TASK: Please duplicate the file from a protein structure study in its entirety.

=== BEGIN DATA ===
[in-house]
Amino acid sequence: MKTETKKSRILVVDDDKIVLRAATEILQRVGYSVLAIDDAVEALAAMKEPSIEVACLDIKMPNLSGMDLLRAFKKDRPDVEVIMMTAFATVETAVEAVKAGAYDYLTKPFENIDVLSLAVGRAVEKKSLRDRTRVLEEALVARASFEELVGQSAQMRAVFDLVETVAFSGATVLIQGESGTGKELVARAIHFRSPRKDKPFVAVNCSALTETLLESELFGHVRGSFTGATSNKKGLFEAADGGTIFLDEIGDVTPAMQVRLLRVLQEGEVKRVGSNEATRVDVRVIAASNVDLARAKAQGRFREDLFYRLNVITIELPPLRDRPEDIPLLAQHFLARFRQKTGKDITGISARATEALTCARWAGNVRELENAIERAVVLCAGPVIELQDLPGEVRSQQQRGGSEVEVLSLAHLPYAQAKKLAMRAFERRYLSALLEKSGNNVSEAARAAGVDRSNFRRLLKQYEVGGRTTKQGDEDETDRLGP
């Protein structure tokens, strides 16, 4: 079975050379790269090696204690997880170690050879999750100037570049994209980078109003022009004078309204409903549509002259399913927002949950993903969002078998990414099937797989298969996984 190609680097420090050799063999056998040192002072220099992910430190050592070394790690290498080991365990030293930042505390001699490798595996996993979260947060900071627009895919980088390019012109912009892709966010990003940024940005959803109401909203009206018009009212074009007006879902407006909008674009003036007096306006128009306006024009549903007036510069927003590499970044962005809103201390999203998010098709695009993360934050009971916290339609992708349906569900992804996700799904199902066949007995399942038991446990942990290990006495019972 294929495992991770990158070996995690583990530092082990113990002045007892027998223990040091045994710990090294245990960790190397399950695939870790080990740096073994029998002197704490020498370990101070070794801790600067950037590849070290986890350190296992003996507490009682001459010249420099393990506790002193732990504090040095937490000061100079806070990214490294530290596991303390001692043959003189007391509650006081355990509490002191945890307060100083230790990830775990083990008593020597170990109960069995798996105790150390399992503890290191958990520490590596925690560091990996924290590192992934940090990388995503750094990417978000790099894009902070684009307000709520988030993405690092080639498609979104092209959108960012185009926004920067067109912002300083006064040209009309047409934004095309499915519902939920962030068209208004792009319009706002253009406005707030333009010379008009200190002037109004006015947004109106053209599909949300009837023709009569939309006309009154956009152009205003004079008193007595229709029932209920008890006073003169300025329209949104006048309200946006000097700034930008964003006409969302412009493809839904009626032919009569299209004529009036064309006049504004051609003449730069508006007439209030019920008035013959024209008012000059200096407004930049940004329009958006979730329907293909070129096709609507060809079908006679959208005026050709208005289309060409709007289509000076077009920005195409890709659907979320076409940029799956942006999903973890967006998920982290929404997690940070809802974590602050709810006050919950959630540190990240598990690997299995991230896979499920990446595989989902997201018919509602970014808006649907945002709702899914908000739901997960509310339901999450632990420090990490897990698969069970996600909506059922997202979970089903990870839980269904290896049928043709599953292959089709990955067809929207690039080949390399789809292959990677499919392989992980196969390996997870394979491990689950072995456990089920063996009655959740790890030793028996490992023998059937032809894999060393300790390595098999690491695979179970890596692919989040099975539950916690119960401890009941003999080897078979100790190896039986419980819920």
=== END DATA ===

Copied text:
[in-house]
Amino acid sequence: MKTETKKSRILVVDDDKIVLRAATEILQRVGYSVLAIDDAVEALAAMKEPSIEVACLDIKMPNLSGMDLLRAFKKDRPDVEVIMMTAFATVETAVEAVKAGAYDYLTKPFENIDVLSLAVGRAVEKKSLRDRTRVLEEALVARASFEELVGQSAQMRAVFDLVETVAFSGATVLIQGESGTGKELVARAIHFRSPRKDKPFVAVNCSALTETLLESELFGHVRGSFTGATSNKKGLFEAADGGTIFLDEIGDVTPAMQVRLLRVLQEGEVKRVGSNEATRVDVRVIAASNVDLARAKAQGRFREDLFYRLNVITIELPPLRDRPEDIPLLAQHFLARFRQKTGKDITGISARATEALTCARWAGNVRELENAIERAVVLCAGPVIELQDLPGEVRSQQQRGGSEVEVLSLAHLPYAQAKKLAMRAFERRYLSALLEKSGNNVSEAARAAGVDRSNFRRLLKQYEVGGRTTKQGDEDETDRLGP
């Protein structure tokens, strides 16, 4: 079975050379790269090696204690997880170690050879999750100037570049994209980078109003022009004078309204409903549509002259399913927002949950993903969002078998990414099937797989298969996984 190609680097420090050799063999056998040192002072220099992910430190050592070394790690290498080991365990030293930042505390001699490798595996996993979260947060900071627009895919980088390019012109912009892709966010990003940024940005959803109401909203009206018009009212074009007006879902407006909008674009003036007096306006128009306006024009549903007036510069927003590499970044962005809103201390999203998010098709695009993360934050009971916290339609992708349906569900992804996700799904199902066949007995399942038991446990942990290990006495019972 294929495992991770990158070996995690583990530092082990113990002045007892027998223990040091045994710990090294245990960790190397399950695939870790080990740096073994029998002197704490020498370990101070070794801790600067950037590849070290986890350190296992003996507490009682001459010249420099393990506790002193732990504090040095937490000061100079806070990214490294530290596991303390001692043959003189007391509650006081355990509490002191945890307060100083230790990830775990083990008593020597170990109960069995798996105790150390399992503890290191958990520490590596925690560091990996924290590192992934940090990388995503750094990417978000790099894009902070684009307000709520988030993405690092080639498609979104092209959108960012185009926004920067067109912002300083006064040209009309047409934004095309499915519902939920962030068209208004792009319009706002253009406005707030333009010379008009200190002037109004006015947004109106053209599909949300009837023709009569939309006309009154956009152009205003004079008193007595229709029932209920008890006073003169300025329209949104006048309200946006000097700034930008964003006409969302412009493809839904009626032919009569299209004529009036064309006049504004051609003449730069508006007439209030019920008035013959024209008012000059200096407004930049940004329009958006979730329907293909070129096709609507060809079908006679959208005026050709208005289309060409709007289509000076077009920005195409890709659907979320076409940029799956942006999903973890967006998920982290929404997690940070809802974590602050709810006050919950959630540190990240598990690997299995991230896979499920990446595989989902997201018919509602970014808006649907945002709702899914908000739901997960509310339901999450632990420090990490897990698969069970996600909506059922997202979970089903990870839980269904290896049928043709599953292959089709990955067809929207690039080949390399789809292959990677499919392989992980196969390996997870394979491990689950072995456990089920063996009655959740790890030793028996490992023998059937032809894999060393300790390595098999690491695979179970890596692919989040099975539950916690119960401890009941003999080897078979100790190896039986419980819920």